"Thayer was promoted to General, moved up in the Organization food chain so he'd be sent to the Pentagon, but was kept on the more terrestrial problems.  I know now that he was introduced to the Stargate Program a few months before the civilian murders.  He had been kept out of it by Senator Joshua Mercer who just happens to be General Coleman Westerly's superior, or so I've been told.  And before you ask, General Westerly is the goon that contacted me for this job."  Daniel noticed the edge of disbelief in Gus' voice.  Something wasn't making sense to him.  "The paperwork that I was given suggests that the Senator didn't want Thayer in the Stargate program because he was worried about his loyalties.  Thayer has a reputation of going off on his own.  This paperwork, which incidentally reads like it was written recently, makes a statement that leads you think that the real reason Mercer didn't want Thayer involved would be because he would go after D.J. if he knew about him, and that wouldn't be a good thing because it seems like D.J.'s important to the project.  It seems that anyone involved in the Stargate Program that's high enough to have access to some really top secret material knows the particulars about the SGC's senior staff.  Thayer would have been high enough to have found out about D.J. being in Peru, the timing, put two and two together and figured out that Daniel was the one responsible for his being taken out of the field.  Given that there's no written record of what happened in Peru, I rather doubt that reason.  Unfortunately, when others involved with the Stargate project lobbied Mercer to allow Thayer in, he had to let him."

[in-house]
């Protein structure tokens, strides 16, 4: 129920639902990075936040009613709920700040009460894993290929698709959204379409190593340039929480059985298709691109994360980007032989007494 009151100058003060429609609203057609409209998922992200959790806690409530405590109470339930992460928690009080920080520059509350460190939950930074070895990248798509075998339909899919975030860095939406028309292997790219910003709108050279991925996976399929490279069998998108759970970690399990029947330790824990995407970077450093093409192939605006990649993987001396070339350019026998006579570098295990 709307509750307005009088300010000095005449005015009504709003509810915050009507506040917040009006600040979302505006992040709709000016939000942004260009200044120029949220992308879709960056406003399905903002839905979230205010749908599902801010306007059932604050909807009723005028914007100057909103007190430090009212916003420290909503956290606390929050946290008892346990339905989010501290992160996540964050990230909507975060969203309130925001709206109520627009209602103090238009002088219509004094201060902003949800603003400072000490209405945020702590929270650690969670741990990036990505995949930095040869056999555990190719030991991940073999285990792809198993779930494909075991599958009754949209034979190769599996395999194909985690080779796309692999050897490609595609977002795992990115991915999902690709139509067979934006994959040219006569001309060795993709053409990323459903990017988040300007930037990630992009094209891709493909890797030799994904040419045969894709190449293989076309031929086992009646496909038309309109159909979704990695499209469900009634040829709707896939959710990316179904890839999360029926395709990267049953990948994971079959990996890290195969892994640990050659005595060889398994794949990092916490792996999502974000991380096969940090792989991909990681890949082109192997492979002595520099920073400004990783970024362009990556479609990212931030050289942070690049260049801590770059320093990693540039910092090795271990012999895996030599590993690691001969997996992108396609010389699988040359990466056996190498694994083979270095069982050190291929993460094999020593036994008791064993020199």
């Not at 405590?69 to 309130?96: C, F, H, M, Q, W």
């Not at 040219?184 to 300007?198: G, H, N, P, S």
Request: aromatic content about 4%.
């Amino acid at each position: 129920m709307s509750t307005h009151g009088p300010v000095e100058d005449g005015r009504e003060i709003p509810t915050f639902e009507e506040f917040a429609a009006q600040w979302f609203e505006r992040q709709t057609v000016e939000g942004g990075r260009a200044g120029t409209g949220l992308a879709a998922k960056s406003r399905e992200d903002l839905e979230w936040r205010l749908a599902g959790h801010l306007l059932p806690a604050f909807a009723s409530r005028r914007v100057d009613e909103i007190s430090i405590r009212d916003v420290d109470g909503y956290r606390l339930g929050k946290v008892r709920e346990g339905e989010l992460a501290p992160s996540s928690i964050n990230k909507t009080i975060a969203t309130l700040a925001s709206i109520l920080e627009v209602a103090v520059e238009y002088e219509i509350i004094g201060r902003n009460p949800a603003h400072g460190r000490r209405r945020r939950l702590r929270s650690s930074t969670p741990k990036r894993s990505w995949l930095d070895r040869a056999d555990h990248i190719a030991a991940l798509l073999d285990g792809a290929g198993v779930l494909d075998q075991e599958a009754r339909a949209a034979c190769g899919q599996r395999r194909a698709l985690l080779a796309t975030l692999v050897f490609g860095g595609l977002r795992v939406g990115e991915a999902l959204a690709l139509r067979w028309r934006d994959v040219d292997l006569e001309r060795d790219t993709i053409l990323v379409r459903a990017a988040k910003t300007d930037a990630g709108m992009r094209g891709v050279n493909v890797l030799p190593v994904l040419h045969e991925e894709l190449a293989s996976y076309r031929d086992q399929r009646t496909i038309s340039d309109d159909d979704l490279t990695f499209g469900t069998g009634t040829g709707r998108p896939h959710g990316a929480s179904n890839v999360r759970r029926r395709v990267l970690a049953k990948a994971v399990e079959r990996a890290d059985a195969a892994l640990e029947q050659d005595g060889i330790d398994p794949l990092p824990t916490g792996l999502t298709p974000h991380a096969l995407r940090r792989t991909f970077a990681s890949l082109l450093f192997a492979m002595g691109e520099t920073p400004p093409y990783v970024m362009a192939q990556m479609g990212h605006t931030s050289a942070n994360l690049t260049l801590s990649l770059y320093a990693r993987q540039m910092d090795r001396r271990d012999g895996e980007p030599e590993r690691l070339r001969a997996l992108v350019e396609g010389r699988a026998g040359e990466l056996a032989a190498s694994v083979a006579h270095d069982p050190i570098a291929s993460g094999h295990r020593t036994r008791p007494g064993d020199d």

Daniel was mentally categorizing everything Gus was saying even though he was already aware of a few points.  Something else was amiss.  What was it?

"Now we get to my being here today.  I made a lot of phone calls on my way here.  My contacts told me that Montoya contacted Kelleher about a massive arms shipment being sent to some place in Arizona from South America.  Rumor was they were earmarked for the Middle East.  Kelleher knew that the Organization was behind it and decided that there might be a better way to go after them.  He needed to put me in a position to do the most harm to them.  He knew we couldn't go for a direct approach, so we were going to have to hit them sideways.  Word around certain circles was that the Organization was also about to take over some secret military base, so Kelleher suggested to an intermediary, namely D.J.'s 'old friend' Colonel Quinton Darby, that I be the one to help them take over.  Darby and friends made the arrangements with the Organization who sent out General Coleman Westerly to recruit me.  With my reputation, no questions would be asked.  So here I am."

Now, General Hammond understood all the finer details.  There it was.  The missing link to Peru.  This is the man that Daniel had been protecting.  He might not necessarily agree with the mercenary's methods, but he would protect his friend no matter what.  Daniel had been silent because of the greater good.

"And you're being here means, what?" Jack asked him, respectfully, of course.  There was no need in upsetting the mercenary.

"Simple.  I've been after these folks for a long time.  I could never get my foot in the door to find out who's who with them.  So Kelleher gets me recruited by the Organization, and I get information I didn't have access to before like names and places.  I've found out who's the tallest hog at the trough.  I've got my people in position watching some of their people that we know about.  I stall for time here while my guys get all the Intel they need to bury the little bastards, and then we hit them hard and fast before any one of them starts asking me for my report on Hammond's investigation and before the arms shipment can make it east."

Teal'c understood Jennings' logic but questioned his methods.  "Colonel Jennings, are you not engaging in what theTau'ri consider 'burning both ends against the middle'?"